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Improvements Take Flight at Bustling Philadelphia Airport

Wed September 27, 2000 - Northeast Edition
Chris Volker


Contractors have been cleared for landing at the Pennsylvania’s Philadelphia International Airport. Landing cranes, excavators and dozers that is, for a more than $500-million project to redevelop the airport’s international and commuter terminals.

The project, which was approved by the city of Philadelphia and US Airways in 1998, brings an improved international terminal by 2001, and a commuter terminal by 2000.

When completed, the $350-million International Terminal will be a 785,000 sq. ft., 4-level terminal with 12 new wide-body international gates.

Terminal F, or the Commuter Terminal, will boast 190,000 sq. ft. Connected to Terminal E, this $75-million project will provide 38 gates for commuter turbo-prop and regional jet aircraft, reports the Airport.

Other improvements include a 195-ft. ramp, operation tower, thermal plant, interstate highway/ airport arrival/departure roadway relocation, Sun Oil pipeline relocation, two new parking garages and renovations to the airport’s Terminal A.

Roadway Relocation

A big part of the expansion at the airport involves the provision of new roadway access. Driscoll Construction of Springhouse, PA, and Belbold Construction of Bristol, PA, are the construction managers of a the $72.5-million project to build new ramps to improve access between Interstate 95 and the Philadelphia International Airport. Michael Baker Jr. Inc. of Lester, PA, is providing the project management which consists of cost analysis, quality assurance, scheduling and more.

Construction has already begun with the new ramps ready to open in mid-2002, which is set to coincide with the opening of the new Terminal A. Among the interchange improvements are a new I-95 northbound exit ramp and an extension of the I-95 southbound ramp linking the departure roadway at the new Terminal One and the existing terminals.

The ramp developments will provide direct access to the new international terminal from both directions on I-95. The new hub will mean an increase in the number of passengers using US Airways international service through Philadelphia from an estimated 750,000 in 2000 to 1.4 million in 2010.

According to the Pennsylvania Department of Transportation (PennDOT), the project will eliminate signalized and stop intersections for arriving northbound travelers, and will separate airport and local traffic to relieve congestion.

“Philadelphia is one of the only cities in the nation that does not have direct access to its airport,” said Mark Cipollini, project manager, Michael J. Baker Jr. Inc. “The whole idea behind this project is to provide a more accessible route to the new terminal from Interstate 95 and increase the level of service to the airport. This will maintain a replacement approach from the now used Route 291.”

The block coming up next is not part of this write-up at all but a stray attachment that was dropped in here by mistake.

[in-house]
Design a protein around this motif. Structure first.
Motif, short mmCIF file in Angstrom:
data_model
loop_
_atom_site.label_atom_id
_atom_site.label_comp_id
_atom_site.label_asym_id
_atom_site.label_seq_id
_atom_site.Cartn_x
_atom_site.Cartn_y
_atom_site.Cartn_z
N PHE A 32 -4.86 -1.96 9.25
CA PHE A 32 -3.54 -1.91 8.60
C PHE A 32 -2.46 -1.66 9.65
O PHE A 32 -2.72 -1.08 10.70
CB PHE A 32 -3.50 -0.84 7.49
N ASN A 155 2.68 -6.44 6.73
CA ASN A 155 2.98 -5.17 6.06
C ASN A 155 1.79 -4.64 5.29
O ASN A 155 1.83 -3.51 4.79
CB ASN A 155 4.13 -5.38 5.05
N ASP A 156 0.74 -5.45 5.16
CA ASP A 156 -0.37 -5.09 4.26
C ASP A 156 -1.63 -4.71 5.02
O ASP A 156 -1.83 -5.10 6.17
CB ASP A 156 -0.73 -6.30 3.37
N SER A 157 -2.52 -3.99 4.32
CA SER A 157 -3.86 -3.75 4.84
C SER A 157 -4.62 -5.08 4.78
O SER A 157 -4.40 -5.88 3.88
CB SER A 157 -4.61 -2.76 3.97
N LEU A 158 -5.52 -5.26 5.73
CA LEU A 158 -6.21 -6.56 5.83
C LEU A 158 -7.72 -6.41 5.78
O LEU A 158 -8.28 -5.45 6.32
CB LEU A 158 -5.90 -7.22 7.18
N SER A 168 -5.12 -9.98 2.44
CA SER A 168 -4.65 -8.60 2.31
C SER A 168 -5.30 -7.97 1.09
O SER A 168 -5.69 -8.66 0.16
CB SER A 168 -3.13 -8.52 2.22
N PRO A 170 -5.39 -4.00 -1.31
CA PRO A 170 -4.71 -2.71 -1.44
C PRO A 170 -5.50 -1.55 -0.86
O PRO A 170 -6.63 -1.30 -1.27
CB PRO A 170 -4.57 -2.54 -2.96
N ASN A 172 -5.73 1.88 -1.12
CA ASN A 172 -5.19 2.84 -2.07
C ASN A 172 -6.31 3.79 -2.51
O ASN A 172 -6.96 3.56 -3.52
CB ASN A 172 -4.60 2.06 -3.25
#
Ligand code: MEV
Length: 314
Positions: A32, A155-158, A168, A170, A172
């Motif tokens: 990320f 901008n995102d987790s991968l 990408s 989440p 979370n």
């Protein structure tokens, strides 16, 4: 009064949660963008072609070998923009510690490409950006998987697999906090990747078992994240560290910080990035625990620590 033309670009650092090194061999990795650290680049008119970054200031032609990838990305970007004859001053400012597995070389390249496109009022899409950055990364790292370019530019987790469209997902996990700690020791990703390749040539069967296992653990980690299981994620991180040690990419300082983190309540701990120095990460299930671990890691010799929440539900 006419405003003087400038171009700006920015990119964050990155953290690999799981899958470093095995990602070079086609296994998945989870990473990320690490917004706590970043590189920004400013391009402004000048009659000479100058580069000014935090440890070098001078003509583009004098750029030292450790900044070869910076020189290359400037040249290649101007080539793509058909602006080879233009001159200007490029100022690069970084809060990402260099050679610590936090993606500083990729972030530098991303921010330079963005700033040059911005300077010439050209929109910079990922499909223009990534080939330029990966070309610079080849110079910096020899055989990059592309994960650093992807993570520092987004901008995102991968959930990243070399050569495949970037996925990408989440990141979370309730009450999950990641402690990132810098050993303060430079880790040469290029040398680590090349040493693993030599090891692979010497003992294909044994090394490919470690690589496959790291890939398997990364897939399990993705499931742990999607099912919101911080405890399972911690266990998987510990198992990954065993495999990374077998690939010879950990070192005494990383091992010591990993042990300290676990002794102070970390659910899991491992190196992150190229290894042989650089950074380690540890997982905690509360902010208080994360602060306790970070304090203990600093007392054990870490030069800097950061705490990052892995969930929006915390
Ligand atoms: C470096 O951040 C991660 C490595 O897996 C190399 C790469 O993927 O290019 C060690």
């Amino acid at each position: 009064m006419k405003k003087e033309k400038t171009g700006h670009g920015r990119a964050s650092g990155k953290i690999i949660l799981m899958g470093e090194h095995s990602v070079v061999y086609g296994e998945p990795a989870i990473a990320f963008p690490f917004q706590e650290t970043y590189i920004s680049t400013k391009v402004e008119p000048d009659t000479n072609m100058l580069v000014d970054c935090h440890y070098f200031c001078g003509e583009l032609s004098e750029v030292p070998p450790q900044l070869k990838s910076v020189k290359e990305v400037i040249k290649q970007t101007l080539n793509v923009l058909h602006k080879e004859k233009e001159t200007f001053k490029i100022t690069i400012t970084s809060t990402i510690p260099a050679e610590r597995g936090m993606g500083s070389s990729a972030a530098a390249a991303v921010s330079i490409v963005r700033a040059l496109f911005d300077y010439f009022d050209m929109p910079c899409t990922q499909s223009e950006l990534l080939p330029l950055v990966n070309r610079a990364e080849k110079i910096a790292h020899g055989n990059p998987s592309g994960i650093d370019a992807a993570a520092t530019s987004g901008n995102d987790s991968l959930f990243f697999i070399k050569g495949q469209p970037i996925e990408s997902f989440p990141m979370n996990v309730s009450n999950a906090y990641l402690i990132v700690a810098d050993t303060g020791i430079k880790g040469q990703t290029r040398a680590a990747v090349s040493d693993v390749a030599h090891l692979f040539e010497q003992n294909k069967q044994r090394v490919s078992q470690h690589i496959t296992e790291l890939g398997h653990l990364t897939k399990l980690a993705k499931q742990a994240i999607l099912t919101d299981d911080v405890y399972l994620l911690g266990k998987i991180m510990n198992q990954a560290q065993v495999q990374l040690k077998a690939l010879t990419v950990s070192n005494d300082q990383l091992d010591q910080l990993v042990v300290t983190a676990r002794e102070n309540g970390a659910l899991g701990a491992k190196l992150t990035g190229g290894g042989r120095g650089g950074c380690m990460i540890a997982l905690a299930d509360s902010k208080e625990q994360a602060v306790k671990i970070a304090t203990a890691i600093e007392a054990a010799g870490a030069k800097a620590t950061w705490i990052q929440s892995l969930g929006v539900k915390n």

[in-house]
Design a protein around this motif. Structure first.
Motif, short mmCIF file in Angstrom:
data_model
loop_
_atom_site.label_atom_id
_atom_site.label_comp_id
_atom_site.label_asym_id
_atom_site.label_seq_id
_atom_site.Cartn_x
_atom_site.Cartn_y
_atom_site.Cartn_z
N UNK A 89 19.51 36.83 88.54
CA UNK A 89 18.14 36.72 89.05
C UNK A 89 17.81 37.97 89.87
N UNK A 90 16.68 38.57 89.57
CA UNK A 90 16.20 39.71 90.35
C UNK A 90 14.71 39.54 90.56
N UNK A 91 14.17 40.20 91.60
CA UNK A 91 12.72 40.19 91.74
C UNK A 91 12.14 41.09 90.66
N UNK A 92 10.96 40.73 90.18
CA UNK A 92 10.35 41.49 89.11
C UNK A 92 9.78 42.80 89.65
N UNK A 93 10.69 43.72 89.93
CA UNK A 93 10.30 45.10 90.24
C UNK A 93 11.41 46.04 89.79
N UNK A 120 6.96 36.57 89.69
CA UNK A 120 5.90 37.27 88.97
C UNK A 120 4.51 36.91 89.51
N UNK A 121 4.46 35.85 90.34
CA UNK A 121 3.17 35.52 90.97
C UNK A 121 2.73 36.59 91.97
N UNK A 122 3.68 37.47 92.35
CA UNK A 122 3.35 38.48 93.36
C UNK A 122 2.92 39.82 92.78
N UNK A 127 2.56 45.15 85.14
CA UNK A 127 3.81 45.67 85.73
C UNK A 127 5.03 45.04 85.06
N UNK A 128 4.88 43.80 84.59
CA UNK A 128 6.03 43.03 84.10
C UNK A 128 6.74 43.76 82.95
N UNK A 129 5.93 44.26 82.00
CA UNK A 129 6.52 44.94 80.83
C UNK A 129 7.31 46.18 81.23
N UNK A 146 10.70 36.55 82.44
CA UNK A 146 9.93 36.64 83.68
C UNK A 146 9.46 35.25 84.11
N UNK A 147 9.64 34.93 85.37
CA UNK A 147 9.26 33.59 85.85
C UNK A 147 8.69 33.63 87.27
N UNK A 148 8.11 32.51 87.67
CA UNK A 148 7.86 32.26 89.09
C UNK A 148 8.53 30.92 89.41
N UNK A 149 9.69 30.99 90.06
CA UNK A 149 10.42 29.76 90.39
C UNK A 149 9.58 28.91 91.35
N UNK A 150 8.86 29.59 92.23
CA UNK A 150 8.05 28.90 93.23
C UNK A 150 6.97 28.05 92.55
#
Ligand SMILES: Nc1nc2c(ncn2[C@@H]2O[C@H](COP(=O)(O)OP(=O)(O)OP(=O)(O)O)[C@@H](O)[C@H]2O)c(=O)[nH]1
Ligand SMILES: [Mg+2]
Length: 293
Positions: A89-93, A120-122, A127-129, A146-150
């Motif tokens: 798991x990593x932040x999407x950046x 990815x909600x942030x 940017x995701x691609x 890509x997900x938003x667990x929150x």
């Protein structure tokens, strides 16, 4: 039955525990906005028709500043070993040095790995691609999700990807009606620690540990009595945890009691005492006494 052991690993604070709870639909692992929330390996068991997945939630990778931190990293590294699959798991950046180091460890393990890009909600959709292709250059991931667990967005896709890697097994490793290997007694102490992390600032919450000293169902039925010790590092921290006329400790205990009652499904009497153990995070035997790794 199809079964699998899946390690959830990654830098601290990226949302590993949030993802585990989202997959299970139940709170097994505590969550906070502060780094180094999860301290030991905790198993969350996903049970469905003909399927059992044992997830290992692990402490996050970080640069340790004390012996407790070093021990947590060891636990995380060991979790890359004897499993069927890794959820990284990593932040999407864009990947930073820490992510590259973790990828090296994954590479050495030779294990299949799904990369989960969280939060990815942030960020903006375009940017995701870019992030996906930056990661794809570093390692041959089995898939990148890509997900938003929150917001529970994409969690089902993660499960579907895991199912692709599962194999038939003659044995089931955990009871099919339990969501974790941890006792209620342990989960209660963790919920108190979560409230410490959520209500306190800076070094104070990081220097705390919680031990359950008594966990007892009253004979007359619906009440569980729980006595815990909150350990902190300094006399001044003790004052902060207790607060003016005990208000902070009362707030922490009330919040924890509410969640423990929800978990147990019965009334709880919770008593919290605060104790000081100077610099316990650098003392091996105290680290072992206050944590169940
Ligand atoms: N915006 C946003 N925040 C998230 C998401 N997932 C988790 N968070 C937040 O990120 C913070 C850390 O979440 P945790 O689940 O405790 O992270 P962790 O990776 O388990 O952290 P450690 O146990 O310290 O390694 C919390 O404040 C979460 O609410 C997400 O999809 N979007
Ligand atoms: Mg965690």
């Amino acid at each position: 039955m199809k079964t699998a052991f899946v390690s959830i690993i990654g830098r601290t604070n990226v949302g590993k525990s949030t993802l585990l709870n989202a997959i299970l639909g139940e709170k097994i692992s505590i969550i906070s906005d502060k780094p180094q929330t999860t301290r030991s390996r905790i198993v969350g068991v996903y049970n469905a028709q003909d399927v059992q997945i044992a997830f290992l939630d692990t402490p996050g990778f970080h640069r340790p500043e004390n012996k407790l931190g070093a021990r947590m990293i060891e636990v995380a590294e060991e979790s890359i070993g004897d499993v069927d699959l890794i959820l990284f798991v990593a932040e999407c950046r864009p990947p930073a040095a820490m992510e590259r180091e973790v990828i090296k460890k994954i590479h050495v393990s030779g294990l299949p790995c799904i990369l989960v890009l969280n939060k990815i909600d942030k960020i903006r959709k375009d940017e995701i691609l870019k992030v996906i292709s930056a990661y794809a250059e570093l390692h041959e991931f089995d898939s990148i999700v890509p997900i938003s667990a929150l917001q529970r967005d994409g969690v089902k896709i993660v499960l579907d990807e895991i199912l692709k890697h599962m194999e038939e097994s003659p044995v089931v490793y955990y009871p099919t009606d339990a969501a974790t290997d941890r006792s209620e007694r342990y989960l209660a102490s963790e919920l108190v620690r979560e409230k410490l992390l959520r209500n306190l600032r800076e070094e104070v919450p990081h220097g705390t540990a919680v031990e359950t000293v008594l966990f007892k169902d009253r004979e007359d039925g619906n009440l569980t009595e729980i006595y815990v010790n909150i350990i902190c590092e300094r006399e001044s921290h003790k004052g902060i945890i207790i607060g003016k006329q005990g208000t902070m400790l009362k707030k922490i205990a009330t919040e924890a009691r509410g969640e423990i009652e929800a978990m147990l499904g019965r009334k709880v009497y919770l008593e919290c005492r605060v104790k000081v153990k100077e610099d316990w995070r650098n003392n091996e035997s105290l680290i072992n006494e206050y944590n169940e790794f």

Baker is responsible for providing construction management and engineering services including development and management of a project control system; development and implementation of a document control system; design constructibility reviews; shop drawing monitoring and review; CPM scheduling review and monitoring; coordination of involved agencies; change order review and analysis; public relations and information support; incident management; conducting meetings; and researching and providing documentation for issue resolution.

Cipollini stated that there are a few challenges involved with a project of this kind. Environmental aspects of the job are definitely a major consideration. Not only does the construction site contain protected exceptional value wetlands throughout but there also is aquifer underneath which limits the pile depth to 35 ft. (10.6 m) so as not to pierce the underneath layer. The site’s other constraints are a limited amount of space, and railroad tracks which makes it sometimes difficult to work.

Currently, the clearing, excavating and driving of piles is taking place to build a major embankment. Conduit also is being arranged as well as prepping for undercut. After the embankment is completed, ramps will be built to create a giant loop that will swing over I-95 and then over a bridge to the airport.

“A lot of major equipment will be used for this project when the project construction is in full gear,” stated Cipollini. “Presently, a Cat 245 [for undercuts], a crane and a hammer is utilized. Drainage and electrical lines are being placed now. In the near future, 10 retaining walls and six bridges will be built requiring 100,000 meters of fill. This will require such equipment as 2CY backhoes, dump trucks and a D-5 dozer.”

Subcontractors on the Airport Ramp Project include Richard E. Pierson Construction for SME walls, earth work and milling on Bartram Avenue.

This highway portion is funded by PennDOT, and the airport portion is being totally funded by airport funds generated by Passenger Facility Charges.




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